Self-portrait by Judith Leyster

Women in Art

A Lovejoy Library digital exhibit exploring depictions of women in sculptures, paintings, drawings, and prints.

Throughout history, images of women have been a staple of artistic production. This digital exhibition spotlights images of women grouped into six thematic categories. The artists represented are drawn from a wide variety of cultures and time periods, ranging from Ancient Egypt and Mesopotamia to Renaissance Italy and Germany to 19th-century India and Japan to 20th-century America and France.

As an art object's worth lies not only in its aesthetic properties, but also in its value as a historical document, we must ask, what do these images convey about the women of these diverse time periods and cultures? How were they perceived? How were they defined? It is worth remembering that art is a powerful social force, helping to create and reinforce cultural norms. Thus, we also must ask, who created these images? Why? Who would view them?

Since the majority of these images were created by men, for a male audience, they must be not be viewed uncritically nor accepted as reliable reflections of actual women and female experience. In fact, images of women often tell us as much about men and society at large as they do about the women they depicted! They offer up models of beauty and behavior, embodying a set of cultural ideals, beliefs, values, attitudes, and biases. However, while images often reflect and perpetrate gender stereotypes, they also can serve to construct these roles in new ways, resisting the dominant narrative or providing different possibilities.

But women have not only been the subjects of art, they often have been the makers of art as well. Therefore, each thematic category features at least one female artist alongside her male counterparts. As you view the exhibition, we intend for you to consider how gender affects art production. Can we differentiate between images of women by women and those by men? And if so, what accounts for these differences?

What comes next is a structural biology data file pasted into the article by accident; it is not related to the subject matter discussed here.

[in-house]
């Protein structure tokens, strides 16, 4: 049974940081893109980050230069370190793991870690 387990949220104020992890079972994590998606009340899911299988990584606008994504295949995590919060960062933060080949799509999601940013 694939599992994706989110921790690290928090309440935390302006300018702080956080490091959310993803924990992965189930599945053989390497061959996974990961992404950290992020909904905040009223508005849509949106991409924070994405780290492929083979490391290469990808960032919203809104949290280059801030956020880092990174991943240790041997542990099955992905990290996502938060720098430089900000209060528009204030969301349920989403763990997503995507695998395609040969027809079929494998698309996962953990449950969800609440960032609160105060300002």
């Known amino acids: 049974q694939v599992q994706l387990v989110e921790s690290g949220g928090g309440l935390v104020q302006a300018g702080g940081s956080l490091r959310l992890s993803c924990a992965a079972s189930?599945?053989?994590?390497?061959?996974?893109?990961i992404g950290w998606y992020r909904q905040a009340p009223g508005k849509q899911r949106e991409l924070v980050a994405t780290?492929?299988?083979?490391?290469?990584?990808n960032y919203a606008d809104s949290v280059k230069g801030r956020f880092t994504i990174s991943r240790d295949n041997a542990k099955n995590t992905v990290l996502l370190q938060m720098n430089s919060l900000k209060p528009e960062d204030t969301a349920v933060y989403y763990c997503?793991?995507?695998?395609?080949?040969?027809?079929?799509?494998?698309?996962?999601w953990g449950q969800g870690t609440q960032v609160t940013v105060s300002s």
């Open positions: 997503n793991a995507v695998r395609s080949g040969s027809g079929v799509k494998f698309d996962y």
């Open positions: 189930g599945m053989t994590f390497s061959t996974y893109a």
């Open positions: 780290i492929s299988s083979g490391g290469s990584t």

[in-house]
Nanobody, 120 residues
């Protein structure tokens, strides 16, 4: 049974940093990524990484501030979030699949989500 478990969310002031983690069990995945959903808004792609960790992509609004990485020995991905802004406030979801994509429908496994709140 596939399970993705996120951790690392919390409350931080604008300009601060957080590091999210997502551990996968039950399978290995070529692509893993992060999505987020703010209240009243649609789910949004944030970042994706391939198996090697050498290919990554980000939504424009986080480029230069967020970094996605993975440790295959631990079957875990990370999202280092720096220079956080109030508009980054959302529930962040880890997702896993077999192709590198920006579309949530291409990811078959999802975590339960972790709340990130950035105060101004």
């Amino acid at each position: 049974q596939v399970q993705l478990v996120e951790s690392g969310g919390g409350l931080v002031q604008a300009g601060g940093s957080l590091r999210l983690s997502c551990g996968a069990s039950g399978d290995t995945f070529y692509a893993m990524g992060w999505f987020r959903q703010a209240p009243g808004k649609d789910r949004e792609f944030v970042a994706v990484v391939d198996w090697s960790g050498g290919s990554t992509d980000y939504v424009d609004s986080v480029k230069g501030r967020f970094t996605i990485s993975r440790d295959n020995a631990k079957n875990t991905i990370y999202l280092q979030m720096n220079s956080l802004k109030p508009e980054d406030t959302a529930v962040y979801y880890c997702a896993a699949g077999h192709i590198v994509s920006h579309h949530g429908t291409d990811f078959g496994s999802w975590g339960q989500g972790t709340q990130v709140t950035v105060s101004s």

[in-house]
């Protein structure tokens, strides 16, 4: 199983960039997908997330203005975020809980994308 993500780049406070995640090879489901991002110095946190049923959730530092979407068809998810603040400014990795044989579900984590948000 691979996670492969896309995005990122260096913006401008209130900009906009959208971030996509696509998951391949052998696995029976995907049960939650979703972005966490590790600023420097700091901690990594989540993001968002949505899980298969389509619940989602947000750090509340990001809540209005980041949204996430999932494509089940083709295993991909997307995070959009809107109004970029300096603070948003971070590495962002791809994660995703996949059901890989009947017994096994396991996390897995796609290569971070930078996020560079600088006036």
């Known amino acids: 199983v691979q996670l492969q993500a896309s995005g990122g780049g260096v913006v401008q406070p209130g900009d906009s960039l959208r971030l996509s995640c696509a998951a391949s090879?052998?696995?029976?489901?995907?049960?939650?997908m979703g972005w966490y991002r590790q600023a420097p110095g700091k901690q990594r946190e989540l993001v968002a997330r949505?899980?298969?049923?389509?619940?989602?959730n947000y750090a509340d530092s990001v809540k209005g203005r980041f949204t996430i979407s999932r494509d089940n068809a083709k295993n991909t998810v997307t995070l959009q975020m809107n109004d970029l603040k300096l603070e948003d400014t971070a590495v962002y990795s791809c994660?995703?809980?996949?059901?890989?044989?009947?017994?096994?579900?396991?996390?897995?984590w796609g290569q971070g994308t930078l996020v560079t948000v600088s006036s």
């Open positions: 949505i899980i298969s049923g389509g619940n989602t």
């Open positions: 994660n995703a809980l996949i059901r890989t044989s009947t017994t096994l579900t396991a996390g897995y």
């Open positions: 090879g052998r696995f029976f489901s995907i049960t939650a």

Since women first entered the art world, gender-based assumptions combined with cultural and institutional barriers have meant that women often struggled to gain a foothold, and were forced to overcome obstacles not experienced by their male counterparts. Their training was often limited (little to no access to workshops or art academies), only certain subjects were considered appropriate (portraits, still lifes -- no nudes!), standards of propriety dictated they couldn't behave as aggressively in the public marketplace (selling their work/finding patrons), and they were told time and again that their art was only a hobby, not a suitable profession for a "lady."

Luckily, over the centuries there have been numerous exceptional women who have refused to be constrained by societal expectations of what they could do and should be, and who were able, often against great odds, to carve out successful, fulfilling careers as professional artists. As the great 17th-century Baroque painter Artemisia Gentileschi once wrote to her devoted patron and supporter Don Antonio Ruffo, "And I will show your Most Illustrious Lordship what a woman can do... you will find the spirit of Caesar in this soul of a woman."

-- Introduction by Katherine Poole-Jones

Cotton pickers by Winslow Homer